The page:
By Amina Khan

A robotic ocean explorer has found the first Antarctic whale fall marine scientists have ever studied — and discovered nine new deep-sea species among the critters living off the enormous skeleton, according to British researchers.

The 35-foot southern Minke whale bones, described in the journal Deep-Sea Research II: Topical Studies in Oceanography, give researchers a rare glimpse into the rich ecosystem provided by these giant sea creatures once they die.

Whale falls — when the body of a deceased whale sinks to the bottom of the ocean — can become an oasis rich in resources for deep-sea life. That ecosystem develops in stages: First, swimmers such as sharks, hagfish and crustaceans will gnaw off the flesh. Next, other hungry critters will break down the remaining soft tissues. Then chemical-consuming microorganisms will break down the waste sulfide left by previous generations, a process that may take decades.

Researchers have gone to great lengths (and depths) to study whale falls, even sinking whale bones to the sea floor so that they can see what happens to them. But old, natural whale falls are most valuable because they allow scientists to glimpse processes that have been taking place and evolving over years, if not longer.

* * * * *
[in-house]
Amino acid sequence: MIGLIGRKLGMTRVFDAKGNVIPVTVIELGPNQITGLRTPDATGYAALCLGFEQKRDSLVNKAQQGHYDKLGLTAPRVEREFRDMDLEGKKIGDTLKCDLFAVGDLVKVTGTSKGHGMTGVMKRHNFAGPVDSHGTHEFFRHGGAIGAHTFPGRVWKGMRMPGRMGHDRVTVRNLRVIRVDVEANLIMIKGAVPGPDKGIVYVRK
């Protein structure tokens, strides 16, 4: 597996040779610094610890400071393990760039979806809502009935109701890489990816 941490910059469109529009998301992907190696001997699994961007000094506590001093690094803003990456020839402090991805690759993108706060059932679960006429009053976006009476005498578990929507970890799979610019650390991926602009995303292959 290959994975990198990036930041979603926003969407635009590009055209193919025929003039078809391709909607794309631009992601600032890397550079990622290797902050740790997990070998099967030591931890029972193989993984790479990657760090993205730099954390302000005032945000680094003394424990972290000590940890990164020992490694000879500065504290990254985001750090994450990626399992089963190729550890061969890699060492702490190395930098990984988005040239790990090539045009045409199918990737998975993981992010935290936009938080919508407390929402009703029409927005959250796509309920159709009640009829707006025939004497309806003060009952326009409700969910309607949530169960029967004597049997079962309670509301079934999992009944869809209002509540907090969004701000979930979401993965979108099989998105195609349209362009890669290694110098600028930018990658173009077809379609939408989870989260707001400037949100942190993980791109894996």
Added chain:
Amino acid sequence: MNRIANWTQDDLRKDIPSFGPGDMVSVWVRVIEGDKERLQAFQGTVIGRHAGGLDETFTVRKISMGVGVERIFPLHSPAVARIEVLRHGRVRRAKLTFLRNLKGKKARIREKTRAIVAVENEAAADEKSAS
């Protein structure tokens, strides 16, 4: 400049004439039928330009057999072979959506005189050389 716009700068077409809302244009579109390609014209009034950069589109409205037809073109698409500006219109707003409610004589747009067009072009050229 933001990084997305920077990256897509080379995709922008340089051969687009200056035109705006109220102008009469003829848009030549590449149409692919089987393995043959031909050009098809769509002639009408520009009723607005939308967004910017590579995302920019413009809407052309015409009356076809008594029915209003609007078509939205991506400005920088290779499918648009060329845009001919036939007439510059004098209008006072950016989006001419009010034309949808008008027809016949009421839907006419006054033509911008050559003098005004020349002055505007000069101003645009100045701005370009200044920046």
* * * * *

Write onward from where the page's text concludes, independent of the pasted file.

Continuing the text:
Even though the Antarctic is flush with the giant swimming mammals, researchers had never before chanced upon a carcass along the southern ocean sea floor. In fact, only six whale falls have ever been documented.

Running across one of these giant bone collections, then, takes a little bit of luck. The whale remains were spotted near the very end of an expedition, lying on the seabed between 4,737 and 4,747 feet beneath the surface. Many of the bones, particularly smaller ones, were missing. Based on the decay, the researchers estimated the whale fall could be anywhere from four to 64 years old.

After the researchers first glimpsed the whale’s vertebrae, they found nine new species among the many creatures living off of the animal’s remains, including a type of bone-boring zombie worm and an isopod crustacean that's similar to wood lice.

But how would such creatures survive over those times of whale-carcass scarcity? Before answering that question, the researchers may have to figure out if these are actually whale-specific feeders or simply other deep-sea critters taking advantage of the sudden riches.

"It was not clear which of the surrounding fauna were whale-fall specialists or 'background' deep-sea fauna using the whale-fall opportunistically as an additional food source," the authors wrote.


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